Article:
Gov. Jerry Brown and other critics of redevelopment saw it as a drain on the state's budget. The Legislative Analyst's Office in its report titled "Should California End Redevelopment Agencies?" states that while redevelopment has the potential to improve designated zones and increase affordable housing, those benefits don't necessarily carry over to the rest of the state. The report also points to the tax money that redevelopment pulls away from schools, special districts and other agencies. California redevelopment has also been criticized for abuses, favoring connected businesses and contract bidders, as well as for stretching the definition of "blight" and not providing enough low-income housing. The Legislative Analyst's Office also notes a lack of oversight as a serious problem. Professor Wilson of HSU points out that in any government endeavor, "there is always waste, but what they are trying to do is laudable." Still, she says, "there really are no good solutions" in a budget crisis this severe, and cutting funding for education or social programs would be just as difficult, "with hugely detrimental effects across the board."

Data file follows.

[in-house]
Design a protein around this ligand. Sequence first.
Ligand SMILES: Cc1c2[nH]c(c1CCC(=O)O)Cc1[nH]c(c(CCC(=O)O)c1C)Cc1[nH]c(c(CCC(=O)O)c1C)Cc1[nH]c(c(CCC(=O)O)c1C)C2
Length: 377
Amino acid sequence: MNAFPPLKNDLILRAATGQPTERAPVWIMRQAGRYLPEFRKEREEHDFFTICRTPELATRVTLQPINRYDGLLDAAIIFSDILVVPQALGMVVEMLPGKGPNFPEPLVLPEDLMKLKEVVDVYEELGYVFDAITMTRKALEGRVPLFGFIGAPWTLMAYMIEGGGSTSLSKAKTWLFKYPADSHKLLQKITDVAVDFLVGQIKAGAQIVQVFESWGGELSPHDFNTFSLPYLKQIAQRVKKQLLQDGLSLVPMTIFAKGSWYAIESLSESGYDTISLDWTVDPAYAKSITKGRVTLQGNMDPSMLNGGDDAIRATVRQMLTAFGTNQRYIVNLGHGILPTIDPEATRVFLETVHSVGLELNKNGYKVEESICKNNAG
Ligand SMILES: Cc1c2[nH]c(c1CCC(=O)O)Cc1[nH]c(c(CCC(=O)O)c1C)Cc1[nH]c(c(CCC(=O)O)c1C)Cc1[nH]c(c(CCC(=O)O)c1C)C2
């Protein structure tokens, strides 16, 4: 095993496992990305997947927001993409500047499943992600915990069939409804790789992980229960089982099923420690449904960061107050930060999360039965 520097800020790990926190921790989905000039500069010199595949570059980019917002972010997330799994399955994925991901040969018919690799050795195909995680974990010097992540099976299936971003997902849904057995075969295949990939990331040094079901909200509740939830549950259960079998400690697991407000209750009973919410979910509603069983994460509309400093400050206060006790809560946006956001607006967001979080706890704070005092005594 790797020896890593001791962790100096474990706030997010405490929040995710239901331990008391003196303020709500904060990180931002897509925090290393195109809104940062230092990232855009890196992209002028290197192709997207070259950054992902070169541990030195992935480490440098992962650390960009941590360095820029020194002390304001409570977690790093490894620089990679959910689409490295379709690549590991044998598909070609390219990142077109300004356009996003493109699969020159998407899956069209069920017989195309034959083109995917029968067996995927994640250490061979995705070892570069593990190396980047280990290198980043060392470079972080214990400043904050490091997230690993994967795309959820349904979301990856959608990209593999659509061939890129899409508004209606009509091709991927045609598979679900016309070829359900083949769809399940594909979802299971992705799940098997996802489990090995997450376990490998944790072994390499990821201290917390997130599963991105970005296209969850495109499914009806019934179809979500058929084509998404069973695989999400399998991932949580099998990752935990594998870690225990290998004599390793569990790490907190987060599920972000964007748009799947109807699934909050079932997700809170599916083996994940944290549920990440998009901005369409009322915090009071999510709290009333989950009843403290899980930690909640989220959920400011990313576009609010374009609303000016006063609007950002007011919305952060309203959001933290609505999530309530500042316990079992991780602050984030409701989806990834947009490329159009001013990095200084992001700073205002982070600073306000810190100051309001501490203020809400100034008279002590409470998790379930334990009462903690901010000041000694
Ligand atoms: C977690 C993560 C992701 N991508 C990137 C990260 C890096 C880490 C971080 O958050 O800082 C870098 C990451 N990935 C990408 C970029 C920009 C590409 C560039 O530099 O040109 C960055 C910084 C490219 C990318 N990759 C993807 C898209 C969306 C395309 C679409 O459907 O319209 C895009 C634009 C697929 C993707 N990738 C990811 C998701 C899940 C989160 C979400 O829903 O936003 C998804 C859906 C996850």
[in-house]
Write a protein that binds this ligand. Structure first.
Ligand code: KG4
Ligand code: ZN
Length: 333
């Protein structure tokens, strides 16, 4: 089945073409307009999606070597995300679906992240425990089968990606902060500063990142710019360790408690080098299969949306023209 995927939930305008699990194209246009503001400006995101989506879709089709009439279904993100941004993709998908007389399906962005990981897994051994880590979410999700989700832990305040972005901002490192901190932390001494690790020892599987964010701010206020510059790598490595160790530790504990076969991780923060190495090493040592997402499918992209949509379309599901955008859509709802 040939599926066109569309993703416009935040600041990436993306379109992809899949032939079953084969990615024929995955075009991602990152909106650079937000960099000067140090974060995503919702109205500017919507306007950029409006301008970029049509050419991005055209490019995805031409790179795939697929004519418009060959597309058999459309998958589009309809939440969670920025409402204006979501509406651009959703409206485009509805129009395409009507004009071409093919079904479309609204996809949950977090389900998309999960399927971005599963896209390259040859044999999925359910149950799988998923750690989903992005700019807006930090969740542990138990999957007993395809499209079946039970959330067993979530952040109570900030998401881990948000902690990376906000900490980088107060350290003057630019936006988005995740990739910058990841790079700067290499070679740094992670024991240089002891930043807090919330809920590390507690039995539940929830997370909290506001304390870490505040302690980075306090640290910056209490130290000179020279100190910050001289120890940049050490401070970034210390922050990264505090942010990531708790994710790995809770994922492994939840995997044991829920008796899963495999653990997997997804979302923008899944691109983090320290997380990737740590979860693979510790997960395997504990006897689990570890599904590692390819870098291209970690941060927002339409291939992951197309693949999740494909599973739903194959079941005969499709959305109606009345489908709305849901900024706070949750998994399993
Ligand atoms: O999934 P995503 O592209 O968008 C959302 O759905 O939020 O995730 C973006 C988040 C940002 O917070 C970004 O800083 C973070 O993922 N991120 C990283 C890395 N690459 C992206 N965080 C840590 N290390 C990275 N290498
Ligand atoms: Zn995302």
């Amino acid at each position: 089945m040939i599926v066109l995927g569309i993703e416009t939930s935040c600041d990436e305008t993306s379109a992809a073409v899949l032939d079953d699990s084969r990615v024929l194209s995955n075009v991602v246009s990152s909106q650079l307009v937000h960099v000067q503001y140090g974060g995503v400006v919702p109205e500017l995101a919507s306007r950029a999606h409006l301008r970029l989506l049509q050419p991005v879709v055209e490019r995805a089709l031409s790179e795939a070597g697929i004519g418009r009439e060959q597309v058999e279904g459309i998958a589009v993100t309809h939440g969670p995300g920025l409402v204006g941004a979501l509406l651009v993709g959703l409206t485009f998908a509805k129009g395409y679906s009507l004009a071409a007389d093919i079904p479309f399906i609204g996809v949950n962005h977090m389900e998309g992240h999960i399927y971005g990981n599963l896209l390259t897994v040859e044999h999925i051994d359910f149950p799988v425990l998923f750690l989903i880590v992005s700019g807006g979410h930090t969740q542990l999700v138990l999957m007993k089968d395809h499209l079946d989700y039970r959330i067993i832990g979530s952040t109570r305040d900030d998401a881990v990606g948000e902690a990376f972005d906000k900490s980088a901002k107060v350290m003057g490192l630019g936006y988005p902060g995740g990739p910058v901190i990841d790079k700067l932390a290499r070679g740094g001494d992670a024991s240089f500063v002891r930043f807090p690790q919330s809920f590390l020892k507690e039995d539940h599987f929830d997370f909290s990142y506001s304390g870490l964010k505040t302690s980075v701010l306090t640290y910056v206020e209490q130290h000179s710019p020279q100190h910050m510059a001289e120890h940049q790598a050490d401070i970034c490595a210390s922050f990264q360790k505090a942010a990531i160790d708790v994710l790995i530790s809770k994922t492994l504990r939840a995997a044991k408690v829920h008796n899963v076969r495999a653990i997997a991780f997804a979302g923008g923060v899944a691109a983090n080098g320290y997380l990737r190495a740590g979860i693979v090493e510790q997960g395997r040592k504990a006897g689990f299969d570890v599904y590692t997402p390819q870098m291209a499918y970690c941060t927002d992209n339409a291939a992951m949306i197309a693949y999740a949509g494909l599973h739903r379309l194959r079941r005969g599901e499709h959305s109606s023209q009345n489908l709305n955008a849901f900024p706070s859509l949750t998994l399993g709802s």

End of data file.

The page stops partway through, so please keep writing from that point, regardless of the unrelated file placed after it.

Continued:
In Sacramento, Interim Executive Director of the California Redevelopment Association Jim Kennedy says his organization is working to "unfold a train wreck." While the agencies are allowed and in fact obligated to repay their debts, or "enforceable obligations," it's somewhat unclear how that is to be carried out. The statute that's meant to delineate the process is "inconsistent," says Kennedy, and he and a crew of lawyers and staffers are struggling to make it work with existing regulations. The Legislative Analyst's Office has since recommended changes to the Byzantine legislation. Agencies across California are winding down, finishing up what projects they can and preparing to close up shop by June 30. Kennedy estimates that somewhere between 2,500 and 3,000 people who work for redevelopment agencies around the state will lose their jobs, a figure that doesn't include the workers who carry out all the renovation and construction in redevelopment areas. The California Redevelopment Association itself is trying to determine if it will continue.